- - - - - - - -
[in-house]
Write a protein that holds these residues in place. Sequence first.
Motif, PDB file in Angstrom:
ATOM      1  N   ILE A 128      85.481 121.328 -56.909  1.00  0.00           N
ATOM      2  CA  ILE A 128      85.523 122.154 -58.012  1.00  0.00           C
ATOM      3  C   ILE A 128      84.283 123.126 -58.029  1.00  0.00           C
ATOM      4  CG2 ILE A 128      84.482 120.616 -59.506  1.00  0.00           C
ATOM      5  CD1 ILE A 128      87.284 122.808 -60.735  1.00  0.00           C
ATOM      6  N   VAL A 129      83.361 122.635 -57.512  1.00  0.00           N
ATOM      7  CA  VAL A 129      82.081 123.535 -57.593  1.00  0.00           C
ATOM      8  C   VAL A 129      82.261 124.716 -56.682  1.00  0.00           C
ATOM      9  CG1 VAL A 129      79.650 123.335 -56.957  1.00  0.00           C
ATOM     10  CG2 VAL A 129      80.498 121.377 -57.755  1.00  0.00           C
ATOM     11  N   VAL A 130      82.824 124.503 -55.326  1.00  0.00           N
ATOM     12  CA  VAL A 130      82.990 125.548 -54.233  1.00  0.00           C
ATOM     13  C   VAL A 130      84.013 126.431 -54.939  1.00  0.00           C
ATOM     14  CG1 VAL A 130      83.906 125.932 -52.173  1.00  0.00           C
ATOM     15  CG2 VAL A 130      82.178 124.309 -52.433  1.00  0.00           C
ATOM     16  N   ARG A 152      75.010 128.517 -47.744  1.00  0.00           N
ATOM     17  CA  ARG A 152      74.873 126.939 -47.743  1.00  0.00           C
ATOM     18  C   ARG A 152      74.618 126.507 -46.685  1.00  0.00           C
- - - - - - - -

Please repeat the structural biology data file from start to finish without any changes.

[in-house]
Write a protein that holds these residues in place. Sequence first.
Motif, PDB file in Angstrom:
ATOM      1  N   ILE A 128      85.481 121.328 -56.909  1.00  0.00           N
ATOM      2  CA  ILE A 128      85.523 122.154 -58.012  1.00  0.00           C
ATOM      3  C   ILE A 128      84.283 123.126 -58.029  1.00  0.00           C
ATOM      4  CG2 ILE A 128      84.482 120.616 -59.506  1.00  0.00           C
ATOM      5  CD1 ILE A 128      87.284 122.808 -60.735  1.00  0.00           C
ATOM      6  N   VAL A 129      83.361 122.635 -57.512  1.00  0.00           N
ATOM      7  CA  VAL A 129      82.081 123.535 -57.593  1.00  0.00           C
ATOM      8  C   VAL A 129      82.261 124.716 -56.682  1.00  0.00           C
ATOM      9  CG1 VAL A 129      79.650 123.335 -56.957  1.00  0.00           C
ATOM     10  CG2 VAL A 129      80.498 121.377 -57.755  1.00  0.00           C
ATOM     11  N   VAL A 130      82.824 124.503 -55.326  1.00  0.00           N
ATOM     12  CA  VAL A 130      82.990 125.548 -54.233  1.00  0.00           C
ATOM     13  C   VAL A 130      84.013 126.431 -54.939  1.00  0.00           C
ATOM     14  CG1 VAL A 130      83.906 125.932 -52.173  1.00  0.00           C
ATOM     15  CG2 VAL A 130      82.178 124.309 -52.433  1.00  0.00           C
ATOM     16  N   ARG A 152      75.010 128.517 -47.744  1.00  0.00           N
ATOM     17  CA  ARG A 152      74.873 126.939 -47.743  1.00  0.00           C
ATOM     18  C   ARG A 152      74.618 126.507 -46.685  1.00  0.00           C